The world's premier wine-producing region ranks not only the most preferrred destination for affuent Parisians if they were to move out of the city, but remains an exceptionally popular second-home and investment property market for international—most notably Chinese—buyers. Since 2010 approximately 150 Chinese nationals have purchased vineyard estates in Bordeaux, echoing demand in China for fine wine from the region, which remains a popular alternative asset class for affluent mainland investors.
Attracted by favorable exchange rates, welcoming buying conditions including no restrictions on overseas ownership, and its renewed status as a flourishing world-class cultural and culinary center, international buyers have been an integral part of the recovery of Bordeaux's prime property market. Beginning in 2010, Bordeaux's vineyard market has stabilized and last year the largest portion of the market—comprised of about 70 percent Bordeaux Superieur / Cotes de Bordeaux—saw the first year of price inflation since 2000. Much of the recent media attention on real estate in France's prized wine region has highlighted the still-below-peak prices across the entire Bordeaux market, with limited focus on the higher-end €5 million-plus market, comprising about 20 percent of the 200 chateaux available for sale. Luxury Defined speaks with vineyard expert Michael Baynes of exclusive Affiliate Maxwell-Storrie-Baynes about the area's luxury real estate renaissance and the nuances behind Bordeaux vineyard pricing data:
“While it is true that the market “average” for Bordeaux vineyard prices has been largely static for the past 10 years or so, a closer look at the data reveals something interesting. We all know the old adage “location, location, location,” however for us we subscribe more to “location, location, timing” since it is often the timing in the market cycle that can have the greatest effect on the success of an investment purchase price. So let’s look at these two issues—the data and the timing.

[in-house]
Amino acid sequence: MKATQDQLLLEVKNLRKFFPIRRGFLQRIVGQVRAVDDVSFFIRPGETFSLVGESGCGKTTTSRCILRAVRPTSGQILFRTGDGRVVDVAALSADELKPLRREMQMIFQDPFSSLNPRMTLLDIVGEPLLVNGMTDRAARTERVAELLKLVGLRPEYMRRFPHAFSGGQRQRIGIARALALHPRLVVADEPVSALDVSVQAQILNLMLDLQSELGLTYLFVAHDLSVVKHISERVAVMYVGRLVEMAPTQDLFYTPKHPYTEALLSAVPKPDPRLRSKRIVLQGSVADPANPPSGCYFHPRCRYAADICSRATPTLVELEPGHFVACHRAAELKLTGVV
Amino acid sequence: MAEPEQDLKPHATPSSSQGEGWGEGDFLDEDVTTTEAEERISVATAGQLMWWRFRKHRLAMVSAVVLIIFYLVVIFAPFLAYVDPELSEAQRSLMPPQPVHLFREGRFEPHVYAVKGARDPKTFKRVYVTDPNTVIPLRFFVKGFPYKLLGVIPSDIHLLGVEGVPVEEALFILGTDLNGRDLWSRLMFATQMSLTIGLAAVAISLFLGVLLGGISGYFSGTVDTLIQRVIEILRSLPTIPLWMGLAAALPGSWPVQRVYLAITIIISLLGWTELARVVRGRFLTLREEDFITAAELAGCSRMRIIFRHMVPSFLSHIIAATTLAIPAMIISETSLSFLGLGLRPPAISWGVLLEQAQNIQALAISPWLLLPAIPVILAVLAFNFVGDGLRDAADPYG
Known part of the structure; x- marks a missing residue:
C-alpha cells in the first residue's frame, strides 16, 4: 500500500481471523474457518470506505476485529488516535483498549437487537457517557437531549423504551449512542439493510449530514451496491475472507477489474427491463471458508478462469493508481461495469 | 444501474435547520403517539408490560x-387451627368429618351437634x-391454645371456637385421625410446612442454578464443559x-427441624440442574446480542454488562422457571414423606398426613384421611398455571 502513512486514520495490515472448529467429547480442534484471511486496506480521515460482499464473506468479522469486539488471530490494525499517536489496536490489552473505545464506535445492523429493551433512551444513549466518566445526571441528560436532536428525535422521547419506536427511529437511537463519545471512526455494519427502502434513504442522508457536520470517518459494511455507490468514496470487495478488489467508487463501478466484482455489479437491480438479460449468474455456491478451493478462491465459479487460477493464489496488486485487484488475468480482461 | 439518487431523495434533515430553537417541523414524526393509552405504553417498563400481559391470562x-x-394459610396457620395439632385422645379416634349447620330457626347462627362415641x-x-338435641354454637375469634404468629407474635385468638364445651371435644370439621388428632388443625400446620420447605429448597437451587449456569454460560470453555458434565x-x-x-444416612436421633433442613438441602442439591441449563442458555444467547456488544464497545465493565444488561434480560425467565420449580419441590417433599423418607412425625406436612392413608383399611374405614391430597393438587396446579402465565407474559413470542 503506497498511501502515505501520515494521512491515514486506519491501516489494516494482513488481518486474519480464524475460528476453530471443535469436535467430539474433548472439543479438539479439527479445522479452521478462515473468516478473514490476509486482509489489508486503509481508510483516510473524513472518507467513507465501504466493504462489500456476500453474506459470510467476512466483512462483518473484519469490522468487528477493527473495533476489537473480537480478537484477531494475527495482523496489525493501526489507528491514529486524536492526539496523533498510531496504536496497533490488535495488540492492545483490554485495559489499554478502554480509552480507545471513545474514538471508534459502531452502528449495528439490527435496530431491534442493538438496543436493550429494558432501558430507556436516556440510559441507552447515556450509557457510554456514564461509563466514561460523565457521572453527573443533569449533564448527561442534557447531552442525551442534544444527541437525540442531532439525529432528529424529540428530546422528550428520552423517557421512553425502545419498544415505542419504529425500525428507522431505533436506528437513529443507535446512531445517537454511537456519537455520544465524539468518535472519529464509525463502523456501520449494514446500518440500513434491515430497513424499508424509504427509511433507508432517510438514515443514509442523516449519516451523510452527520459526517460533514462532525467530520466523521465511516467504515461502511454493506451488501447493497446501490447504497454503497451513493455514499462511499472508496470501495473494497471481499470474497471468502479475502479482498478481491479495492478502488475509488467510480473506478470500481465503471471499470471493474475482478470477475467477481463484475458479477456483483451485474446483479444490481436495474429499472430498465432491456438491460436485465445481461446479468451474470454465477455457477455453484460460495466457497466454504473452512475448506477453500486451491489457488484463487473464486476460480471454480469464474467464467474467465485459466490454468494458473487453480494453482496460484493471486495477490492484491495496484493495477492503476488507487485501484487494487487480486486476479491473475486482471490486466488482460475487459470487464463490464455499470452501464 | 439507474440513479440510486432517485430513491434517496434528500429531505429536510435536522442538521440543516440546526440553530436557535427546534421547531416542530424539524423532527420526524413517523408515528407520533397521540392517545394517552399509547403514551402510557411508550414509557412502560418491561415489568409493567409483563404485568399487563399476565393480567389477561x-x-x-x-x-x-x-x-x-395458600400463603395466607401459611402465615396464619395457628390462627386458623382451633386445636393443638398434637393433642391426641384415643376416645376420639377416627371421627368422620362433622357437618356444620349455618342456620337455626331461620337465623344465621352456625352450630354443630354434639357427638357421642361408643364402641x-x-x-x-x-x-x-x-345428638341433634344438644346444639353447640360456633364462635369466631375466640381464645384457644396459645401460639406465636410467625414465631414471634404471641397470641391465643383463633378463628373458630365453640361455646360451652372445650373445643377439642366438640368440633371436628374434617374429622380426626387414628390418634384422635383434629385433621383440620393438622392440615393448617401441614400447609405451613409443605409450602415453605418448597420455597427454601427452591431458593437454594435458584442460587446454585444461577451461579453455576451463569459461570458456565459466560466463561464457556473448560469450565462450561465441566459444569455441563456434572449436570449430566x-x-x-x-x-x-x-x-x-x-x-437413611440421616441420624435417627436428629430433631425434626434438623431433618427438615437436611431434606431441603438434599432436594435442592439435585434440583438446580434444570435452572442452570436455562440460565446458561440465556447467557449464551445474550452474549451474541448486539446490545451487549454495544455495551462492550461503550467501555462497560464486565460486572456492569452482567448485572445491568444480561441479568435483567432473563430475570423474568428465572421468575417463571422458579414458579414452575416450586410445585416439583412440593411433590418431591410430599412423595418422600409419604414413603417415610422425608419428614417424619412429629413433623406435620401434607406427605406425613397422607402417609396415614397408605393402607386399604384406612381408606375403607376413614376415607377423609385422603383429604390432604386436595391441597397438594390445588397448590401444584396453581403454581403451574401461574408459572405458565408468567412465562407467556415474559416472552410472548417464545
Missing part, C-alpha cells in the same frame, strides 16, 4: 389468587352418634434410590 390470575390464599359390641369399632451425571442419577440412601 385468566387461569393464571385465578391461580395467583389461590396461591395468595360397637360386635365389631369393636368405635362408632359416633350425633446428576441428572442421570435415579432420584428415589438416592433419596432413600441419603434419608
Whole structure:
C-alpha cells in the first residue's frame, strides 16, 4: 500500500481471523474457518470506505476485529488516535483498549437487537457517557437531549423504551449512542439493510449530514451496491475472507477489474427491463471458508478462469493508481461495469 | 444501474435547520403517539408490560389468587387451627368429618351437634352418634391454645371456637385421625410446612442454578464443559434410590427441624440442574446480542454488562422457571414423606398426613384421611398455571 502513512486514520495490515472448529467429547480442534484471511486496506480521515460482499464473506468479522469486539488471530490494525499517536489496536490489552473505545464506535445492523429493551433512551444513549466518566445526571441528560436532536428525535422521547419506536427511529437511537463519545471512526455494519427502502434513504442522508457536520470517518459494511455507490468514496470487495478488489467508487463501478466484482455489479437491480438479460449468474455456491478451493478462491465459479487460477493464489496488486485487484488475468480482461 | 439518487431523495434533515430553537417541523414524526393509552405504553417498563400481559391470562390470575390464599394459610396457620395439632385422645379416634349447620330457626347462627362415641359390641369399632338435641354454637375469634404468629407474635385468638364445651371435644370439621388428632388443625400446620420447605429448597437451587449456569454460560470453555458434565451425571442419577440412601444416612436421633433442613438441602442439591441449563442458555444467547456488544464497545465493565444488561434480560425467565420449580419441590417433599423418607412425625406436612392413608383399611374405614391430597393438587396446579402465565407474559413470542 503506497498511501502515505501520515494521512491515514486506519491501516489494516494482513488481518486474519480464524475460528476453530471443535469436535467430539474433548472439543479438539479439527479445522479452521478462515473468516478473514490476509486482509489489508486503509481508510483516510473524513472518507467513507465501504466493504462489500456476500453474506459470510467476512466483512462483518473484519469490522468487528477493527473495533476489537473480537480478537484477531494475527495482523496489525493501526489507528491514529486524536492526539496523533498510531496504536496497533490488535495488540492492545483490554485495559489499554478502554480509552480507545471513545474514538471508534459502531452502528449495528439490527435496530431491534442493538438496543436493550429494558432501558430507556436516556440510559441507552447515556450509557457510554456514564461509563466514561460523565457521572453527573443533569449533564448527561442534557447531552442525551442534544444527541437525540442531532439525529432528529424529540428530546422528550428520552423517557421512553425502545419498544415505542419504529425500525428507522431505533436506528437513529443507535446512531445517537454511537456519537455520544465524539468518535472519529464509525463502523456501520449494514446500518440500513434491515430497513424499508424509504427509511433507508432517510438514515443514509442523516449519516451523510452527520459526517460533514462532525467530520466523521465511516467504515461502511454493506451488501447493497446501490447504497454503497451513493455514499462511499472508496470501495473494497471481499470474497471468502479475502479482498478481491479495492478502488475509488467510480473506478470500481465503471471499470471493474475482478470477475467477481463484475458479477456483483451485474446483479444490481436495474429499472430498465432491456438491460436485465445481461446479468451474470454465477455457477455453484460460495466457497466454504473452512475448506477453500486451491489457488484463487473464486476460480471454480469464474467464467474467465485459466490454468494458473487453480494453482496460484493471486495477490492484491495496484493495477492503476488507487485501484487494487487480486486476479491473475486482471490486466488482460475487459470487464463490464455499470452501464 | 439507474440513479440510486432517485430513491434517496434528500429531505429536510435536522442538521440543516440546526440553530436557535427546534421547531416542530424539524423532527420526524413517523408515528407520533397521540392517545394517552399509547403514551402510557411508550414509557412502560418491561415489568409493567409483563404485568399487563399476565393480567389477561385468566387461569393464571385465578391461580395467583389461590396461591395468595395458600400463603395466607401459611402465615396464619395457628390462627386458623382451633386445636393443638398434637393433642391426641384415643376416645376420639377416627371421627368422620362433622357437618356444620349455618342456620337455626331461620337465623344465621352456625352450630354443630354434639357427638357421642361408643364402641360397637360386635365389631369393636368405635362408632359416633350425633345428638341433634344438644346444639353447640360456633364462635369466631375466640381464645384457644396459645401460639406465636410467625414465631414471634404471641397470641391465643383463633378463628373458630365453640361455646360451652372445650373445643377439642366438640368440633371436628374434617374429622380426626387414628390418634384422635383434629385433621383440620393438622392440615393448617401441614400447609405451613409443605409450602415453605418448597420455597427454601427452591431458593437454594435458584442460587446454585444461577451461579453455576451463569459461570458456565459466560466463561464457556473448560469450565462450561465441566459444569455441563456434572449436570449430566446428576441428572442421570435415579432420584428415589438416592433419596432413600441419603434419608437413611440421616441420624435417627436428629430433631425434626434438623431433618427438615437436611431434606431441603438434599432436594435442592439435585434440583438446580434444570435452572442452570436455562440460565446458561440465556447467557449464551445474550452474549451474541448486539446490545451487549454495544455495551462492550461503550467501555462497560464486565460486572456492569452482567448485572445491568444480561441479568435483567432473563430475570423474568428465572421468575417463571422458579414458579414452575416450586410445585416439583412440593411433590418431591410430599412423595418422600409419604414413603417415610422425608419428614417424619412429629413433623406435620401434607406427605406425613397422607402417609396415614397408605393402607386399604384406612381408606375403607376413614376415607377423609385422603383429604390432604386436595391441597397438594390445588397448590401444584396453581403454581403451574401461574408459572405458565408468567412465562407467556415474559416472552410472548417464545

"The only market-wide data that exists for Bordeaux vineyard transactions is compiled by the SAFER, a quasi-public governmental agricultural oversight administration. Until 2016 they were involved in every Bordeaux vineyard transaction except those conducted as share transactions (where the buyer purchases shares of the company that owns the vineyard). Share transactions are common method used by buyers of high-end vineyard estates valued above €5 million as it enables the stamp duty to be waived (just under 6 percent of the purchase price) and replaced with a one-time tax of only €125.
"Consider the chart above which shows the average price per hectare for Bordeaux Superieur red wine parcels (although updated SAFER data has not yet been published, the dotted line from 2014-2016 reflects the expected gradual price increase). SAFER's numbers reflect average prices across the whole market but exclude the highest value sales (share transactions), thereby skewing the overall average downwards,